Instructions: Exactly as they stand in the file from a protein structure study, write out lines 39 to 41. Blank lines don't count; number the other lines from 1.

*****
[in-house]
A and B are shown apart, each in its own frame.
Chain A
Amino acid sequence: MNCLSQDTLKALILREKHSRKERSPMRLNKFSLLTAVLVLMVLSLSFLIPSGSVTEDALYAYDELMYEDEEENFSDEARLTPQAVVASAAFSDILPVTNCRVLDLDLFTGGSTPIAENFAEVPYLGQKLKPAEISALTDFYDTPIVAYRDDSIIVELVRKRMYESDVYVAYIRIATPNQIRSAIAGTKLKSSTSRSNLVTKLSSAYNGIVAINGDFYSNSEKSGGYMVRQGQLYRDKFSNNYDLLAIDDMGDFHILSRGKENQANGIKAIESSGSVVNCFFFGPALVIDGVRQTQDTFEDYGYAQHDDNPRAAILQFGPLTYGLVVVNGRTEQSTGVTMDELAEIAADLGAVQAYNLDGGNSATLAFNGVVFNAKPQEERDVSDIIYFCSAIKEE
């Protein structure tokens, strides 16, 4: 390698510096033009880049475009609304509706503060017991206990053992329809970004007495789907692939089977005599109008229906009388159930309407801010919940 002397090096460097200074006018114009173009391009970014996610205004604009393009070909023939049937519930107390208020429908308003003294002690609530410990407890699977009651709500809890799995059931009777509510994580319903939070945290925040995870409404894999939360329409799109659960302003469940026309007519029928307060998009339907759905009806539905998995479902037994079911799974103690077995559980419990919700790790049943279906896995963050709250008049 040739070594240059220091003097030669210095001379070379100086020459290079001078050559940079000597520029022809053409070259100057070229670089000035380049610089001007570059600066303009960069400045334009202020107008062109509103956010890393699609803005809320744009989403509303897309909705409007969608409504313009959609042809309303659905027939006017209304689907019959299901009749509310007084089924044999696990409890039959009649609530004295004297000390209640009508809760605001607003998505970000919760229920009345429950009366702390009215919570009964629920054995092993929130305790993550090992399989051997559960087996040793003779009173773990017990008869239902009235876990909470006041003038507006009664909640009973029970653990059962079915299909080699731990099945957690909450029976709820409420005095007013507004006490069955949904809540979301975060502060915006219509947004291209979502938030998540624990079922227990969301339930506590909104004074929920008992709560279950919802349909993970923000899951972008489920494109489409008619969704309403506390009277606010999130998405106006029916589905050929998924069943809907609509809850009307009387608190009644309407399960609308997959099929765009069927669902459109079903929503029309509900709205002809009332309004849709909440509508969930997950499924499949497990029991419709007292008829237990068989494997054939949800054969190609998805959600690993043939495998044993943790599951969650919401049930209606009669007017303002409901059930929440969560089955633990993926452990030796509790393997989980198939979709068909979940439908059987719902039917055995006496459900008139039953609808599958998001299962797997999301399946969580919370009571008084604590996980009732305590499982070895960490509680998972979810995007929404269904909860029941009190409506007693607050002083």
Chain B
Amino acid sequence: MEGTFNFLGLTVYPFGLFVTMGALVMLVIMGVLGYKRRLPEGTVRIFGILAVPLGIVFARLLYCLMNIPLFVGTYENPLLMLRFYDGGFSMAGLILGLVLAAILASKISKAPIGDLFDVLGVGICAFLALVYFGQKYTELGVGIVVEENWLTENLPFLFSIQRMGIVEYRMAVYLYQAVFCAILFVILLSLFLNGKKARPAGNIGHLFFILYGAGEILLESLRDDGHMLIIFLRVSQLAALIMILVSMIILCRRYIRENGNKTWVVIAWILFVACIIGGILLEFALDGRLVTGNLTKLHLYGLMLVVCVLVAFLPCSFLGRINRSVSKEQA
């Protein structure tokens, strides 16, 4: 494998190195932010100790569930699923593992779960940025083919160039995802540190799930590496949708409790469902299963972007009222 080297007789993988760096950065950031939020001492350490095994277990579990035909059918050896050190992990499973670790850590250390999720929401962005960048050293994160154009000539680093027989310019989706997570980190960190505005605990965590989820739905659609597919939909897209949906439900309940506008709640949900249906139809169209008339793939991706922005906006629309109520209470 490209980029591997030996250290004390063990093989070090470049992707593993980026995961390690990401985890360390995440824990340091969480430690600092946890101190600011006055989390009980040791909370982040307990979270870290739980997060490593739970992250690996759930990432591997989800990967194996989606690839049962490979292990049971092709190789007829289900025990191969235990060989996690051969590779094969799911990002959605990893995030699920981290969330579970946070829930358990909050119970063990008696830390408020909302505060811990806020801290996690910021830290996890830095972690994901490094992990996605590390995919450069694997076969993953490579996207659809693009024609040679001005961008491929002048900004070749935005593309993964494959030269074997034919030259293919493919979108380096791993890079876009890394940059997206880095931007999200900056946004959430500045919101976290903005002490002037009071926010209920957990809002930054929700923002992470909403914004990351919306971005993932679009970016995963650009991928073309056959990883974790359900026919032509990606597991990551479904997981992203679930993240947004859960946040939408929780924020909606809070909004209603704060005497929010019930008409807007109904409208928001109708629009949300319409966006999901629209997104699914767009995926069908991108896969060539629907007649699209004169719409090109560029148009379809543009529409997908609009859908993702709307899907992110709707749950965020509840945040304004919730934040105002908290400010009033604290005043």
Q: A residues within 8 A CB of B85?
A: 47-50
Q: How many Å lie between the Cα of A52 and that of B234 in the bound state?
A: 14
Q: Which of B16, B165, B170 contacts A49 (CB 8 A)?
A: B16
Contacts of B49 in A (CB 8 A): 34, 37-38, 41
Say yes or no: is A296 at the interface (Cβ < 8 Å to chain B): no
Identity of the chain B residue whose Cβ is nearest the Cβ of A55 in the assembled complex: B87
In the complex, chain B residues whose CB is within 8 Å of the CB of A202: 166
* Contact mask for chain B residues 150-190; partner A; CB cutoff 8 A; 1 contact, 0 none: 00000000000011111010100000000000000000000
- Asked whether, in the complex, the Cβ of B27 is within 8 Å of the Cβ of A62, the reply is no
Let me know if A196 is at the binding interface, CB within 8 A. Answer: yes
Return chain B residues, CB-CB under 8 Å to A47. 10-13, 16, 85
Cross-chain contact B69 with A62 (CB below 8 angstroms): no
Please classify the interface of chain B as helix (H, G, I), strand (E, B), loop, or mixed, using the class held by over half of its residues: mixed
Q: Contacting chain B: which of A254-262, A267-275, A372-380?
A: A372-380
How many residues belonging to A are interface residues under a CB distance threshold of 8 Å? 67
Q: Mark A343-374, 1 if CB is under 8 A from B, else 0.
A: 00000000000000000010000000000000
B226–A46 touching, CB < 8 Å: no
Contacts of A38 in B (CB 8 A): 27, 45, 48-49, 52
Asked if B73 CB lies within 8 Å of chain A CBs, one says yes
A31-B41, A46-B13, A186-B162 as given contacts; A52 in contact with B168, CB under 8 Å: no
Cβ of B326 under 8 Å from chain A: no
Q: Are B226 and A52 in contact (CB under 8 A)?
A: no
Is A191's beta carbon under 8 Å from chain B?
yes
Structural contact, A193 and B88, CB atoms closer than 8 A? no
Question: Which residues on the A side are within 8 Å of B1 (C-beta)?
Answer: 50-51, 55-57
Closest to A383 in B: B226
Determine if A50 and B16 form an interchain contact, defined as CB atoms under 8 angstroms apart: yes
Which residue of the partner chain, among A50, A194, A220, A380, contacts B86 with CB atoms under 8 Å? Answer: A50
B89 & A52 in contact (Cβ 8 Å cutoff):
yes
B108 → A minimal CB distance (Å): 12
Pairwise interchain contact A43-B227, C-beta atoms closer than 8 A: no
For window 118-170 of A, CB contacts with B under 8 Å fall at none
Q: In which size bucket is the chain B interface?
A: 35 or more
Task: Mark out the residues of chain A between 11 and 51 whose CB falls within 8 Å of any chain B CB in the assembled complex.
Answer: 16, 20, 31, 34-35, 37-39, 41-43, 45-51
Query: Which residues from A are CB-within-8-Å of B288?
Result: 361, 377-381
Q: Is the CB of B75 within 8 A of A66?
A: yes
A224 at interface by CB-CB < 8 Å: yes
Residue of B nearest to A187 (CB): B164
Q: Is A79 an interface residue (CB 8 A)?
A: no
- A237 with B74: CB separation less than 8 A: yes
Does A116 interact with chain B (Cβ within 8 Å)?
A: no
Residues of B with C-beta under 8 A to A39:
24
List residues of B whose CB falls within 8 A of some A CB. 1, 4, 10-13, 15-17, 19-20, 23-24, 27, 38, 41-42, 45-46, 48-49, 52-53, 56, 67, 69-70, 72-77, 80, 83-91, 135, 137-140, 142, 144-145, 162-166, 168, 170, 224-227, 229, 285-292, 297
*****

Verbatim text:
Structural contact, A193 and B88, CB atoms closer than 8 A? no
Question: Which residues on the A side are within 8 Å of B1 (C-beta)?
Answer: 50-51, 55-57